Taubman Centers, Inc. (NYSE: TCO)

Taubman Centers, Inc. operates as a real estate investment trust. As of June 30, 2005, the company owned a 63% managing general partner’s interest in The Taubman Realty Group Limited Partnership (the operating partnership). The operating partnership is a subsidiary that engages in the ownership, management, leasing, acquisition, development, and expansion of regional retail shopping centers and interests therein. As of August 23, 2007, it owned and/or managed 23 urban and suburban shopping centers in 11 states the United States. These centers are located in metropolitan areas, including New York City, Los Angeles, San Francisco, Denver, Detroit, Phoenix, Miami, Dallas, Tampa, Orlando, and Washington, D.C. The operating partnership also owns certain regional retail shopping development projects, as well as approximately 99% of The Taubman Company LLC, which manages the shopping centers and provides other services to the operating partnership and to the company. Taubman Centers qualifies as a REIT under the Internal Revenue Code.

Please take a look at the 1-year chart of TCO (Taubman Centers, Inc.) below with my added notations:

1-year chart of TCO (Taubman Centers, Inc.)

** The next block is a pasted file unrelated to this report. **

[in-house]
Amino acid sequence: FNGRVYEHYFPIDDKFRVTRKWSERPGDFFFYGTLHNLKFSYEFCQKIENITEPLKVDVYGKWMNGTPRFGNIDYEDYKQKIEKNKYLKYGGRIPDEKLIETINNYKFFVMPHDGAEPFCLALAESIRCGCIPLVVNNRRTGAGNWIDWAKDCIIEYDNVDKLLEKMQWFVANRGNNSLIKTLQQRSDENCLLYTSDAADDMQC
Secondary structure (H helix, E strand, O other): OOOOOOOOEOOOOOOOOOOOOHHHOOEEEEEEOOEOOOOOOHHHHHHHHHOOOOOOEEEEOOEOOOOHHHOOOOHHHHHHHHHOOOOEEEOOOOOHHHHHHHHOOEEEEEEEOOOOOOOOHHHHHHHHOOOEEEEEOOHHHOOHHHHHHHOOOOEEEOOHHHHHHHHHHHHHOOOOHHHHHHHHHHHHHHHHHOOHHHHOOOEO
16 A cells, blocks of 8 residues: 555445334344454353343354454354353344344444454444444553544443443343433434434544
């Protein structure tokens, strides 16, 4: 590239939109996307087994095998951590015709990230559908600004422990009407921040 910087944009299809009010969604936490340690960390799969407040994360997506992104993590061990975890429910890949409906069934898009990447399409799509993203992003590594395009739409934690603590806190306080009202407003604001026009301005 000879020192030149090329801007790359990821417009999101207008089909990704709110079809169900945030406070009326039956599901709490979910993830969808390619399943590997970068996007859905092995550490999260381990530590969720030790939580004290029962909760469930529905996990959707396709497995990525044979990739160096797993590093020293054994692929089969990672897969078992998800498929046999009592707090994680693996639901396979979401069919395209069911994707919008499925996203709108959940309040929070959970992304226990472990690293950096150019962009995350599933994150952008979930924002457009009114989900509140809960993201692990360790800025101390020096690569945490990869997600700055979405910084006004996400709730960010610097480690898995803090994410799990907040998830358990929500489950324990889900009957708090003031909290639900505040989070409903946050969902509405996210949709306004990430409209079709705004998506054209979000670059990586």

TCO has been holding a very important level of support at $75 (blue) for almost the entire duration of the 1-year chart. No matter what the market has or has not done over that period of time, TCO has held that $75 level. The stock approaching $75 again should provide another bounce higher, but if the overall market continues to sell-off, TCO could break that support.

The Tale of the Tape: TCO has a very strong level of support at $75. A trader could enter a long position at $75 with a stop placed under the level. If the stock were to break below the support, a short position would be recommended instead.

Would you like assistance in making your TBS trades? If so, email me at Christian@yolopub.com and let’s talk about working together one on one!

Before making any trading decision, decide which side of the trade you believe gives you the highest probability of success. Do you prefer the short side of the market, long side, or do you want to be in the market at all? If you haven’t thought about it, review the overall indices themselves. For example, take a look at the S&P 500. Is it trending higher or lower? Has it recently broken through a key resistance or support level? Making these decisions ahead of time will help you decide which side of the trade you believe gives you the best opportunities.

No matter what your strategy or when you decide to enter, always remember to use protective stops and you’ll be around for the next trade. Capital preservation is always key!

Good luck!

Christian Tharp, CMT